Antarabudaya Announces First AFS STEM Scholarships Programs

The Education Malaysia Global Services (EMGS) travelled to Kazakhstan for four days in March, in an effort to forge stronger ties with Kazakhstan in the field of higher education.

Antarabudaya Announces First AFS STEM Scholarships Programs

The Education Malaysia Global Services (EMGS) travelled to Kazakhstan for four days in March, in an effort to forge stronger ties with Kazakhstan in the field of higher education.

While promoting its initiatives and looking into potential opportunities during the visit, the agency hopes to strengthen collaboration and strategic partnerships with Kazakh officials. This change is anticipated to strengthen the two countries’ academic alliance and give students more options for studying abroad.

The Chairman of EMGS, Abdul Razak Ahmad, gave The Astana Times an exclusive interview in which he discussed the agency’s goals for strengthening ties with Kazakhstan. The goal of the Kazakh government is to transform Kazakhstan into a scientific society. ”

We were interested to learn about the country’s plans to revolutionise the engineering sciences and its ambitions to attract numerous foreign universities to establish campuses there. It takes courage to liberalise higher education. It shows a lot of promise”. According to Abdul Razak Ahmad, Central Asia will one day be the centre of knowledge, with Kazakhstan serving as that region’s knowledge hub.

EMGS was created under the Ministry of Higher Education to support foreign students attending Malaysian universities as well as language and training facilities. The organisation also works to advance education in Malaysia.

“We are interested in pursuing all types of collaborations with partners from any parts of the world in the area of education and scientific research. We are not just interested in bringing students to Malaysia. Therefore, the focus of EMGS is on how to effectively facilitate the globalisation of Malaysia’s higher education sector,” the speaker said.

Abdul Razak Ahmad noted that Malaysia has a particular strategic interest in Central Asia, particularly Kazakhstan, in the area of education.

“Over the past 20 years, with the exception of the pandemic years, we have observed an increase in the number of Kazakh students year after year. However, we also want Malaysian students to study in Kazakhstan. Of course, we want more students to come.”

“We don’t have any students, which is unfortunate because we don’t fully comprehend your system. Change is necessary. We must conduct cooperative research. Kazakhstan is one of Malaysia’s core strategic interests because of its advancements in the natural sciences, mathematics, and physics.”

“These are significant fields where talent is in short supply. By working together with Kazakhstan, we will be able to send some excellent students from this field to Malaysia to study, and some of our brightest students may be able to pursue their studies in the pure sciences there as well,” he said.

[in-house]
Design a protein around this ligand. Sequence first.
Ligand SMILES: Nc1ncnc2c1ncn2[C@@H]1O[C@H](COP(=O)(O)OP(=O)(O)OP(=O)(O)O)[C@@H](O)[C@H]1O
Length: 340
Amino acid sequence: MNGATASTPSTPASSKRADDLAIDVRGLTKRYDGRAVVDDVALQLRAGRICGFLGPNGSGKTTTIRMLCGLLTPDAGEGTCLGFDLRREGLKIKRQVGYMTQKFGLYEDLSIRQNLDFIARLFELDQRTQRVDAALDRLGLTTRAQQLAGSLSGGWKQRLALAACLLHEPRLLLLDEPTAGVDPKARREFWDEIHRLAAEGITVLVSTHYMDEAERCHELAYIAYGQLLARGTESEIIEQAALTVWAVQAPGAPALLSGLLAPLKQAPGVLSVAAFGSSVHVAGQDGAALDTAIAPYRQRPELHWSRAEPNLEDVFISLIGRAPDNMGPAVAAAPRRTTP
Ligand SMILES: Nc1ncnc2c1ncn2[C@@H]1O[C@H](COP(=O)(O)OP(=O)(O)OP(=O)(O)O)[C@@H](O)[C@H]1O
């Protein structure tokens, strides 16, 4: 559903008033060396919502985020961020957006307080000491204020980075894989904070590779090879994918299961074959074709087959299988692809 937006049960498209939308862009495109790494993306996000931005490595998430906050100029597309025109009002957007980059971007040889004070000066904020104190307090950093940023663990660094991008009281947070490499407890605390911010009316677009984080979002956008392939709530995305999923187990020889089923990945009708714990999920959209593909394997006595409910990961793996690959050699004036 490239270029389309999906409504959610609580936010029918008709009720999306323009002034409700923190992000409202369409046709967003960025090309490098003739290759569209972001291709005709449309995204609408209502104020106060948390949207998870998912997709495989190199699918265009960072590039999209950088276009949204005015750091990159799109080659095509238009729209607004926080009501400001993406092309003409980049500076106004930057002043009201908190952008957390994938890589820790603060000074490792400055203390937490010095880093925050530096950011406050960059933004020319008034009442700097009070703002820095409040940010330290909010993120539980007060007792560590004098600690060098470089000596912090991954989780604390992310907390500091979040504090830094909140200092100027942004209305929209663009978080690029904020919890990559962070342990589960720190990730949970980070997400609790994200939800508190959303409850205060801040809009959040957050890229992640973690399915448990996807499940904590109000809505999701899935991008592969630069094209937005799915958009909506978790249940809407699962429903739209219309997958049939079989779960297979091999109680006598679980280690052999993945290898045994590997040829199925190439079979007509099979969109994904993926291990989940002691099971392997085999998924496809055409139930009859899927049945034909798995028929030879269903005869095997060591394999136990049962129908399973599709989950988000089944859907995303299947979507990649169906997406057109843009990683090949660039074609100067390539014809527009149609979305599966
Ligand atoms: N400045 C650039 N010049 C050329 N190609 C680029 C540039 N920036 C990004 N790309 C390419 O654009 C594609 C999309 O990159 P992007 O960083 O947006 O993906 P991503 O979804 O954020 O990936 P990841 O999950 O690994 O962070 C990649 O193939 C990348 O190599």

The collaboration between Kazakhstan and Malaysia in higher education can also reach a strategic level through mobility, internships, and international research. Due to its long history in higher education, Malaysia is a significant travel destination.

It also serves as “the gateway for Kazakhstan to better understand the dynamics of Southeast Asia, the fastest growing region in Asia.” Malaysia also plans to establish a graduate visa programme for its foreign students, giving them the choice to carry on looking for employment, engage in internships, or work on a startup.

The Malaysian delegation held talks with the Kazakh Ministry of Science and Higher Education and the top management of the Center for International Programs in Astana.

“I find the Bolashak programme to be impressive. It provides Kazakhstan with a powerful impetus for the development of its human capital. The nation has a methodical approach to preparing for the needs of future talent. The centre considering sending more students to Malaysia is my only remaining hope. Sending students to the best universities in the world is now required.”

“However, many universities in Malaysia do not follow the Western rankings. It would be great for your officials to visit Malaysia in this regard to learn how we assess quality, to see the facilities we currently have, and to see how many other nations have recognised our universities. Our goal is to collaborate strategically with them, he said.

Abdul Razak Ahmad discussed the challenges in the education sector after the pandemic, such as access and equity, cost of education, participation of women in higher education, and financing. He suggested that the government must reinvent a new way of financing higher education.

Abdul Razak Ahmad believes that online education can never replace traditional learning, and that internationalization should focus on non-traditional countries such as India, South Korea, Malaysia, Indonesia, and Central Asia. He encourages the government to be adventurous and send students to every part of the world, as they will learn something and bring new perspectives.